Good questions

Via ThinkProgress, some thoughts on the flag at half-staff by Sergeant Jim Wilt, a piece titled “Why don?t we honor our fallen servicemembers?”:

Following the deaths of 32 Virginia Tech students, the President of the United States ordered that all American flags be flown at half-staff for one week. ?

But I find it ironic that the flags were flown at half-staff for the young men and women who were killed at VT yet it is never lowered for the death of a U.S. servicemember.

Is the life of Sgt. Alexander Van Aalten, a member of our very own task force, killed April 20 in Helmand province not valued the same as these 32 students? Surely his death was as violent as the students.

Aalten?s death lacked the shock factor of the Virginia massacre. It is a daily occurrence these days to see X number of U.S. troops killed in Iraq or Afghanistan scrolling across the ticker at the bottom of the TV screen. People have come to expect casualty counts in the nightly news; they don?t expect to see 32 students killed.

The emphasis there is from Think Progress. I would also highlight the closing words:

The U.S. flag is more than a piece of cloth. It is a symbol, a symbol which represents the people of America. Hundreds of thousands of men and women have died under our flag, preserving its people. When we honor the flag by saluting it, we are honoring what it stands for. We honor freedom, the people it represents and a way of life.

Isn?t it time our flag saluted back when a person makes the ultimate sacrifice? Shouldn?t the flag, which represents our society, tip its hat when someone dies to ensure it will fly another day?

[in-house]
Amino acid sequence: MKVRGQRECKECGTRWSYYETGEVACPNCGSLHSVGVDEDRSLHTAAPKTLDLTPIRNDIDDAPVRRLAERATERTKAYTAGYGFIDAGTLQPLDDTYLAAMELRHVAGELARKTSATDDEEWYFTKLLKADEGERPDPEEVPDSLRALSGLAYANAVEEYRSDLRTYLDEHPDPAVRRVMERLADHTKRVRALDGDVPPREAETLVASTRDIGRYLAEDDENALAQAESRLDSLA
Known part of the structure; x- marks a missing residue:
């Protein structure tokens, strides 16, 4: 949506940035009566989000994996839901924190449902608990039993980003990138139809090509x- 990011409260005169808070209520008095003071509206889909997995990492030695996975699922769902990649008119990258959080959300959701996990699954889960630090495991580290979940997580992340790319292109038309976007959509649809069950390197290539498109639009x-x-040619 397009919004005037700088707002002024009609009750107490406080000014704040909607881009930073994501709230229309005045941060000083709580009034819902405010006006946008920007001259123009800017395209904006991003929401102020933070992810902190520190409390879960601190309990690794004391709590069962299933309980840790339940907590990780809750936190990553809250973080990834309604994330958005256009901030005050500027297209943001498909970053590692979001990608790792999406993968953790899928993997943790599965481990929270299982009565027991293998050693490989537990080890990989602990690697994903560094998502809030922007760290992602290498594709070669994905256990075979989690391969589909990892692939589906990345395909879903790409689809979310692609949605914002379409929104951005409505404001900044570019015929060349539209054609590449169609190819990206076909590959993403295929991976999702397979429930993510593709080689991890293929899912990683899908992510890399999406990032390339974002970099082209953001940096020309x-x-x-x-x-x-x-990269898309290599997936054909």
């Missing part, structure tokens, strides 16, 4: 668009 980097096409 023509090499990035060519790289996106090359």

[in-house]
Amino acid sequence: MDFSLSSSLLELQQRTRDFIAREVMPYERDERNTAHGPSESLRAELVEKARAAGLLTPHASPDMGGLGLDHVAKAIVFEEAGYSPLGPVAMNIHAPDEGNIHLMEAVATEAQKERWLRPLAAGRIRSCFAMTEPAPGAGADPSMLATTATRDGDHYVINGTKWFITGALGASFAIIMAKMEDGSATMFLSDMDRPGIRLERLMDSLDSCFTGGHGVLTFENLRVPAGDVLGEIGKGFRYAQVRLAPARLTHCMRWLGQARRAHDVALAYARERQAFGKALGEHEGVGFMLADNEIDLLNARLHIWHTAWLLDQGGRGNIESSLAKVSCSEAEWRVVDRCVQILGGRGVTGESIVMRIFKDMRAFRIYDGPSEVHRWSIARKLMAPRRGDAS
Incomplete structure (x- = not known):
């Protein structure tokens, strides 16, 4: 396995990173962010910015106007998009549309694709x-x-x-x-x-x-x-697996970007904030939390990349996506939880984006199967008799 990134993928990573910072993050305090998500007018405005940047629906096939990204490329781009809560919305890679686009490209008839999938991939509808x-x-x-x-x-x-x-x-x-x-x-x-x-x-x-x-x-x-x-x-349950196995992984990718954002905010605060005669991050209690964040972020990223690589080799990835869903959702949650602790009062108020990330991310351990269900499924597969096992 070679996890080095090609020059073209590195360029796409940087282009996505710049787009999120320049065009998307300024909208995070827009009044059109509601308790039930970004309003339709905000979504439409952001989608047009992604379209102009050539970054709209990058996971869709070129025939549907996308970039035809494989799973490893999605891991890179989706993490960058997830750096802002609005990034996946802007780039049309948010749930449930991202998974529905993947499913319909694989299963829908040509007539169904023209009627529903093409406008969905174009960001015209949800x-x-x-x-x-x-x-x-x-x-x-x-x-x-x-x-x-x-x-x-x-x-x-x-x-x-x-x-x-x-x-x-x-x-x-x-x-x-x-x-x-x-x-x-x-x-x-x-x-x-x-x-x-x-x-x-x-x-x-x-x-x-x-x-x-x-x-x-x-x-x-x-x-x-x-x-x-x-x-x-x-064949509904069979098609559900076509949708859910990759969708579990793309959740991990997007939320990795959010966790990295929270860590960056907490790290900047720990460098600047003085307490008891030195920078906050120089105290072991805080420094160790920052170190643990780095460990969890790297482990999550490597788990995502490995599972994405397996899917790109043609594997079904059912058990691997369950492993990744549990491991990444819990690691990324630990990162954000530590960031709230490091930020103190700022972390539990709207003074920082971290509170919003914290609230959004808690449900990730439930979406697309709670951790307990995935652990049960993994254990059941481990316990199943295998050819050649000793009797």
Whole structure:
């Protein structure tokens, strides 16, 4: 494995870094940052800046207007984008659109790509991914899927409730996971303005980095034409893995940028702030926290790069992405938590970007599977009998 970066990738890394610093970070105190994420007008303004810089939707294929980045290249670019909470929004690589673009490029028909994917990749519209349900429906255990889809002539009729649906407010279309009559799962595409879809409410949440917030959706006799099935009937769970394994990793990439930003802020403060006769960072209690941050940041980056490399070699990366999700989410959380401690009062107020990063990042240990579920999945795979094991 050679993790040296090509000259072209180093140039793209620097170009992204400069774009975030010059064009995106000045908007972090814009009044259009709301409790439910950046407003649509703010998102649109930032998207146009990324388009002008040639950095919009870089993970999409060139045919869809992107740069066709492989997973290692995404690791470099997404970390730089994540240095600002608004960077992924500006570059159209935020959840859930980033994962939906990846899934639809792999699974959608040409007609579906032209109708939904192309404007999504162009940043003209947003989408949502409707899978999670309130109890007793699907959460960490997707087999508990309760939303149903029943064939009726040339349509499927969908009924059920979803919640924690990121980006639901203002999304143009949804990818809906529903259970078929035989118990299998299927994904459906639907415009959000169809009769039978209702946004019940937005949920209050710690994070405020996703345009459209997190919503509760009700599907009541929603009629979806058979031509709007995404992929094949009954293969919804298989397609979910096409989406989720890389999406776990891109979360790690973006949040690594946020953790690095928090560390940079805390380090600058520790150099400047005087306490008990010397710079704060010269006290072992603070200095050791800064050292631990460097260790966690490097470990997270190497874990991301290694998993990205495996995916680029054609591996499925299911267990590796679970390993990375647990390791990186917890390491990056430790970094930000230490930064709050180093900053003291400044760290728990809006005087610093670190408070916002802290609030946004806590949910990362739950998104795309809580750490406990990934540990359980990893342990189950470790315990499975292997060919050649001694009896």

While Sgt. Wilt’s question is about flags on Army bases, which are raised and lowered at the President’s orders, the question holds equally well for the flags flying everywhere.


  1. #1 Ex-drone
    April 23, 2007

    Canada went through this controversy a year ago. We had a long-standing national policy not to lower the flag to half-mast for the death of military personnel in specific incidents. Instead, the flag was lowered annually on Remembrance Day (Nov 11) in reverence to all military personnel who gave their lives on duty. However, since the Korean War, our military losses had become relatively infrequent, and so we strayed from policy, especially for the four Canadian soldiers killed in 2002 in a US friendly-fire bombing incident in Afghanistan.

    Our Conservative government re-asserted the policy and were accused of downplaying our losses in Afghanistan and helping the Bush Administration’s PR effort. I am biased to believe our Conservatives to be sleazy, but to their great good fortune, the Royal Canadian Legion (our veterans’ association) endorsed the decision:

    The Royal Canadian Legion acknowledges the decision by Canada that the national flag of Canada will not be lowered on the death of a CF member. The Legion regrets the recent past selective policy of the federal government whereby the Canadian flag has been lowered nationally to half-mast on federal buildings on the death of some CF personnel but not for others. This application of the government’s flag protocol is discriminatory. If the Canadian flag is to be lowered on federal buildings to recognize the death of one CF member then the federal policy must ensure that the flag is lowered on the death of every CF member whose death is attributable to active duty.